(Geoff Sifrin is a journalist based in Johannesburg, South Africa, and former Editor of the SA Jewish Report. Email geoffs@icon.co.za)

  • For critical reviews of the above plays, visit  Shape and I See You

Is it racist for white South Africans to criticise their black president?

ANTI ZUMA MARCH 16 DECEMBER 2015 (18)

Angry blacks and whites join in a protest outside Wits University, Johannesburg, calling for Pres Zuma to resign for corruption and mismanagement

In the 1970s, white students protesting with anti-apartheid placards in the road outside Wits University were called “Communists and kaffir-boeties” by angry white motorists for threatening white supremacy. It’s an ironical twist of history that last week, in post-apartheid South Africa, some of those former students – now 45 years older – demonstrated with placards at the same spot against a corrupt black president, Jacob Zuma, and were called “white racists” by angry black motorists, who saw them as unwilling to accept black rule and forgo their white privileges.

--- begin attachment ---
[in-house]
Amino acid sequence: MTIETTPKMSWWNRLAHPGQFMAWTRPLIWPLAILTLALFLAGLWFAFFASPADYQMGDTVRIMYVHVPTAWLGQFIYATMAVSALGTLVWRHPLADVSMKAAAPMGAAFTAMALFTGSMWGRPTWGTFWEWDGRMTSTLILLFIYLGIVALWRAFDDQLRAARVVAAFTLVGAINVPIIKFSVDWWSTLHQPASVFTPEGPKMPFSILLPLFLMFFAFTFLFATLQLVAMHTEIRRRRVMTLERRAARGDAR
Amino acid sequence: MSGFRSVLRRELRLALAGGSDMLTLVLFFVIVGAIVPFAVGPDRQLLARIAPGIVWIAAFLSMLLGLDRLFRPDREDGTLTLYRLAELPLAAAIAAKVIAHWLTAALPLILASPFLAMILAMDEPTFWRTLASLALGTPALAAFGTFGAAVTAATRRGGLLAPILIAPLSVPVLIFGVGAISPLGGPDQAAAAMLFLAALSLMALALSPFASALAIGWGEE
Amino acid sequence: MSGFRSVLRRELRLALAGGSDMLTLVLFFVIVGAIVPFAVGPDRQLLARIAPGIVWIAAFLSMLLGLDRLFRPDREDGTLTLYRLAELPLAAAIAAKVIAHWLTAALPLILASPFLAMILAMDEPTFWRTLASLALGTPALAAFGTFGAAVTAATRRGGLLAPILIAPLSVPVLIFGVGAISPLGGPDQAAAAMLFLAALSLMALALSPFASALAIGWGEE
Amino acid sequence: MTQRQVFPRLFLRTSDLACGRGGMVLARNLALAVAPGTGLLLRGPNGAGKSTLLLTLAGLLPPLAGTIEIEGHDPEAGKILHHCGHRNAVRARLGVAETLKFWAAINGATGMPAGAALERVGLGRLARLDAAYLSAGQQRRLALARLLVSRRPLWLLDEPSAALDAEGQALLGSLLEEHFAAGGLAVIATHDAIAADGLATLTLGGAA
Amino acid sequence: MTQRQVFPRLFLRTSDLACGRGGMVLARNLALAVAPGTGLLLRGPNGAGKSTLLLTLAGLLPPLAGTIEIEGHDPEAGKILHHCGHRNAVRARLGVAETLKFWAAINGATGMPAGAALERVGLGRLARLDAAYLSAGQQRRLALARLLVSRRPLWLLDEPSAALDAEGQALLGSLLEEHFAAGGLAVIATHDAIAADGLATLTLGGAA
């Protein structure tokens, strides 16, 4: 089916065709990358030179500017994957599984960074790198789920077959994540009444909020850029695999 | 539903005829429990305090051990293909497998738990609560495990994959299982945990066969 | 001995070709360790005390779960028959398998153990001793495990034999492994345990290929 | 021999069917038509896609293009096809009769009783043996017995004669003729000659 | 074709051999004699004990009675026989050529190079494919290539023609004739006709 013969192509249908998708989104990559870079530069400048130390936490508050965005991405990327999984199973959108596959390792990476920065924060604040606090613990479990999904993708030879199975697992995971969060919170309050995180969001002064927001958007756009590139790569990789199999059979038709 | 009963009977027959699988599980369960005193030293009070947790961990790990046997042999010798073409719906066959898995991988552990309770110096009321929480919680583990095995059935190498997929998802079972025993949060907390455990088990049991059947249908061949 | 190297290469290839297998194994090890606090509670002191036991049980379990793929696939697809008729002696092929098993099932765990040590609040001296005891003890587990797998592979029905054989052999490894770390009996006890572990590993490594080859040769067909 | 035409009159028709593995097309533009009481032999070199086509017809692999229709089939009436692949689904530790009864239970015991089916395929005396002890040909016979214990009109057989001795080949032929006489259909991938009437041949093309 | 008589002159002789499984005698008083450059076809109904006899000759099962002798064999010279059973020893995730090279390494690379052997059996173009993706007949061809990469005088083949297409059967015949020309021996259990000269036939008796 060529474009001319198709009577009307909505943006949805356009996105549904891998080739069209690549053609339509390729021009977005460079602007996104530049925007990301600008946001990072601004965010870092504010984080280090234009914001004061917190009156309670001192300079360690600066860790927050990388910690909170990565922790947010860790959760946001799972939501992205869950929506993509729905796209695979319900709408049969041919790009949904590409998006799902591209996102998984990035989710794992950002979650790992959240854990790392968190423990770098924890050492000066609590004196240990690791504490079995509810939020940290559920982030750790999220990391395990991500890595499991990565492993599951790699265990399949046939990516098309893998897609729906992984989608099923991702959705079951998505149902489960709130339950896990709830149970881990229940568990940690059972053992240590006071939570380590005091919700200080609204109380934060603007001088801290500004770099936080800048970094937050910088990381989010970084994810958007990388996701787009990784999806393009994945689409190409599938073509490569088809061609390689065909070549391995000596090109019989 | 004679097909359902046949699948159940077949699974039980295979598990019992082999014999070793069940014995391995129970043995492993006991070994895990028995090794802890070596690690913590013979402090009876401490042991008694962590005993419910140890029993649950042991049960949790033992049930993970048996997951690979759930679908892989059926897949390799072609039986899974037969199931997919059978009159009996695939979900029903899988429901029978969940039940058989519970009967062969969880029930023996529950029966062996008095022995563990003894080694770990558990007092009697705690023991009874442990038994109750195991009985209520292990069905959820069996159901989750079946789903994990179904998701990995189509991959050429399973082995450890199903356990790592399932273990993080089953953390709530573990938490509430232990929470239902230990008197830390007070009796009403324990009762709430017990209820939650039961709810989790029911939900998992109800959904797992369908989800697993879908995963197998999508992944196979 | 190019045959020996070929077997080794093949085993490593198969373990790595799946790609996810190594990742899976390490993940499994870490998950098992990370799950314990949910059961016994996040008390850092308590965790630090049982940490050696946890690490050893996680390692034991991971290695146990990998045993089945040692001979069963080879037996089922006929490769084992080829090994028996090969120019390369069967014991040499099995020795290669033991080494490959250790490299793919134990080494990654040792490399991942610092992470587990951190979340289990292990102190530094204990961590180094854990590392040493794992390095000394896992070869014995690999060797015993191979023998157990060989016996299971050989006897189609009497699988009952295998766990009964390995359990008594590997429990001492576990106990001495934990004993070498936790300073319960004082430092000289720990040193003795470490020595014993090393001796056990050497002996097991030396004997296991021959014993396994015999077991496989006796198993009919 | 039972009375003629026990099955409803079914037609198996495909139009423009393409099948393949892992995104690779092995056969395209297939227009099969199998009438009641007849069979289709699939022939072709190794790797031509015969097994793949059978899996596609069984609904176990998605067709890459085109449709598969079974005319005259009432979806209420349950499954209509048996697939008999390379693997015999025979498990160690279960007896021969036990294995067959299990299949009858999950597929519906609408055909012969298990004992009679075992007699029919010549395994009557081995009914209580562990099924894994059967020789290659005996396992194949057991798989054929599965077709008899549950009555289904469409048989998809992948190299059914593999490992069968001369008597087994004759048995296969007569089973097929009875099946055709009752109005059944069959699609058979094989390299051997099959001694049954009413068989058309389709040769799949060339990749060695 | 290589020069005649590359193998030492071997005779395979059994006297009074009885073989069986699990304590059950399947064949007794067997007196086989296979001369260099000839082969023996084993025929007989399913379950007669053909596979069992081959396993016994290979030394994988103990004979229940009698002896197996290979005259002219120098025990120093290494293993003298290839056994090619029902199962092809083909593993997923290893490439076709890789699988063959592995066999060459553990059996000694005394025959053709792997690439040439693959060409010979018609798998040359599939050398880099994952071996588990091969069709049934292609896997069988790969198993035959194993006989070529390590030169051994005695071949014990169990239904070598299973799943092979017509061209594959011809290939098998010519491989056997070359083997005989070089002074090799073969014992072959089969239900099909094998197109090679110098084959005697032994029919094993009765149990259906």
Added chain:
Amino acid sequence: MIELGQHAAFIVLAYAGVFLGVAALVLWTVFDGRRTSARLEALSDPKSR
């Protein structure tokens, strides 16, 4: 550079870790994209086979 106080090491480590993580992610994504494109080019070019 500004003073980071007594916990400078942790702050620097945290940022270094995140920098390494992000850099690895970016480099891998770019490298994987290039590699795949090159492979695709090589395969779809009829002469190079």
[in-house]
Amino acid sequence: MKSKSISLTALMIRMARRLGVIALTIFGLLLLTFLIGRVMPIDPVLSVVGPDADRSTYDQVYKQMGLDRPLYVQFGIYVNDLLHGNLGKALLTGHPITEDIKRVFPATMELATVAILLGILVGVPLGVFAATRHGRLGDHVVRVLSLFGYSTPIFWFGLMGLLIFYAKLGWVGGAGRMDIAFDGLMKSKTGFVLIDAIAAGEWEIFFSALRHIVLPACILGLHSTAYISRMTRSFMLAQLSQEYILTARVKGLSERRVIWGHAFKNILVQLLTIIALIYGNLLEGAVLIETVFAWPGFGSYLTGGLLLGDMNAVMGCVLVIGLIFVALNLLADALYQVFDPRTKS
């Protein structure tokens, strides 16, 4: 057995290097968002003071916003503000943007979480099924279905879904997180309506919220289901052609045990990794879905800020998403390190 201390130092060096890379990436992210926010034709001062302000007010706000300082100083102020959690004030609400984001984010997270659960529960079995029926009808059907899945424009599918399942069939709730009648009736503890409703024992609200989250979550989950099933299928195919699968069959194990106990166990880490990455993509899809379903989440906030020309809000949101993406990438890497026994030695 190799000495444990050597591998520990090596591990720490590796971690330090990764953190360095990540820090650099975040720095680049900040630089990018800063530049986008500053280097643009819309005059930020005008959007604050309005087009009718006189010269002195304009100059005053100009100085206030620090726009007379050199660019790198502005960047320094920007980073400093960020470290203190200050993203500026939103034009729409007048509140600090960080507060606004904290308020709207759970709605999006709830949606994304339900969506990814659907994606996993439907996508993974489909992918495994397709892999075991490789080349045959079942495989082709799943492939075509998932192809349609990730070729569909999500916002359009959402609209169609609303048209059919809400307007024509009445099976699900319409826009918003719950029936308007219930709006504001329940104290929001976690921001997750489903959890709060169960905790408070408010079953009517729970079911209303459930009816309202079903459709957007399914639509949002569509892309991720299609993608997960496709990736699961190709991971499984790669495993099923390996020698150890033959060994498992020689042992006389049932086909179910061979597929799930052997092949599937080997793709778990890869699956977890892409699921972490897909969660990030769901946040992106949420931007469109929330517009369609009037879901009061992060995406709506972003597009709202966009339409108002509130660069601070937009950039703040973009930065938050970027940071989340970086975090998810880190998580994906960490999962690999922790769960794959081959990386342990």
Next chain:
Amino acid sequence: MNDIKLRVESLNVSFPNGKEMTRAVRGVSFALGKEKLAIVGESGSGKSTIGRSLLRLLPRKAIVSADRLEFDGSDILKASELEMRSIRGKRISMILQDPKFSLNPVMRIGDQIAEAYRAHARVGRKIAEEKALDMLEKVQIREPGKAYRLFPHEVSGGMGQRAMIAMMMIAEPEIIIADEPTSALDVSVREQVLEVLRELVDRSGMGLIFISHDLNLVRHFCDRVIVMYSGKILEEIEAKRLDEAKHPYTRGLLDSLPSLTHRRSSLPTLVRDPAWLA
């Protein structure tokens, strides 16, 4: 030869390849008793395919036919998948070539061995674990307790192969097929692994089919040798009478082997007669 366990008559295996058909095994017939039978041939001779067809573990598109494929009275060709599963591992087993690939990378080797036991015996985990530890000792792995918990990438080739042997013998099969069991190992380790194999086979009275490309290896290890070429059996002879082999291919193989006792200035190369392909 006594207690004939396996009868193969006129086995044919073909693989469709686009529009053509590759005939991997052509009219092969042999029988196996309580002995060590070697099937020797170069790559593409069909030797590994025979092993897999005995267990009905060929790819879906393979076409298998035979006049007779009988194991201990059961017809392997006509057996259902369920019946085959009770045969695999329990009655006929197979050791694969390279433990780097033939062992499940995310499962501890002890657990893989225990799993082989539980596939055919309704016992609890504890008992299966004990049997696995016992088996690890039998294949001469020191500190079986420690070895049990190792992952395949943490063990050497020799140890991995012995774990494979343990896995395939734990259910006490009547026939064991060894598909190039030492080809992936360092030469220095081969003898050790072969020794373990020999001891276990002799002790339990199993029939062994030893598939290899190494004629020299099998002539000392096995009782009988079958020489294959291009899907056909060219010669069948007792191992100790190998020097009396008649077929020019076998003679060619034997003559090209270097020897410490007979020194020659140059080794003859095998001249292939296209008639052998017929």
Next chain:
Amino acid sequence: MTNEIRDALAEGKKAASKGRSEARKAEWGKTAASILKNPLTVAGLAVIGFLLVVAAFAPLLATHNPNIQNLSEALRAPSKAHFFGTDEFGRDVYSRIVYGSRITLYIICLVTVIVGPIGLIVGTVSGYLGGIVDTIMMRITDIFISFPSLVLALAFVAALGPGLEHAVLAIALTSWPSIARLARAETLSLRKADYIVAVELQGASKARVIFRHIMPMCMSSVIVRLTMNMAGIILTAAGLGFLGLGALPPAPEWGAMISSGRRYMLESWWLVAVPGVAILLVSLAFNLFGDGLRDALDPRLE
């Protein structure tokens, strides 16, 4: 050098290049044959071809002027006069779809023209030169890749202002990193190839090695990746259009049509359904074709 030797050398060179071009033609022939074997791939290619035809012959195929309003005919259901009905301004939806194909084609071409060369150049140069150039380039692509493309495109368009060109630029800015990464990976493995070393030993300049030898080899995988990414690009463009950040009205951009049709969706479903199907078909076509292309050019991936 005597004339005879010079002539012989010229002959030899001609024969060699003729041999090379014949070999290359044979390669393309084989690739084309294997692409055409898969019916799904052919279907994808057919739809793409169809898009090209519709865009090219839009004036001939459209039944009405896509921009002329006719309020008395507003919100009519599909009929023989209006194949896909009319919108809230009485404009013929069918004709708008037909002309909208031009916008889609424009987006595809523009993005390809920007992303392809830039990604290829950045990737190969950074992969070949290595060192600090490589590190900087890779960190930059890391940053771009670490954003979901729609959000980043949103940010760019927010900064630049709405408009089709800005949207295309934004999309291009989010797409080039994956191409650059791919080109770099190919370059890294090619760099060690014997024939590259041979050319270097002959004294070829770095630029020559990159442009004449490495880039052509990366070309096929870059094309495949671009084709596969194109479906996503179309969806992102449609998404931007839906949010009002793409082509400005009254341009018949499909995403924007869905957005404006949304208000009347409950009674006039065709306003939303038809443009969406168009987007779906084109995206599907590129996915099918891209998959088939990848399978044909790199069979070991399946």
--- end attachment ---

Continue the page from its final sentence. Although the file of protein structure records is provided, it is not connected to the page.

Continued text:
In the demonstration, some 3 000 people of all races marched across Nelson Mandela Bridge in Newtown, Johannesburg with posters saying “Zuma Must Fall”. They were addressed by irate speakers such as former Cosatu head Zwelinzima Vavi, who said he was “gatvol” (fed up!) of government corruption. Similar protests occurred in Pretoria and Cape Town.

But the presence of so many whites made some blacks question their motives. Was their protest actually against Zuma, or black government per se? A nostalgia for white rule? Sadly, although apartheid is gone, race is still a highly volatile issue which intrudes into every corner.

Often, if a white person criticises a black politician’s performance – or a black coworker in a company – he will be accused of racism, as if he is accusing all blacks of incompetence. Many whites stay resentfully silent. But the Zuma disaster has prompted some to declare their anger more publicly.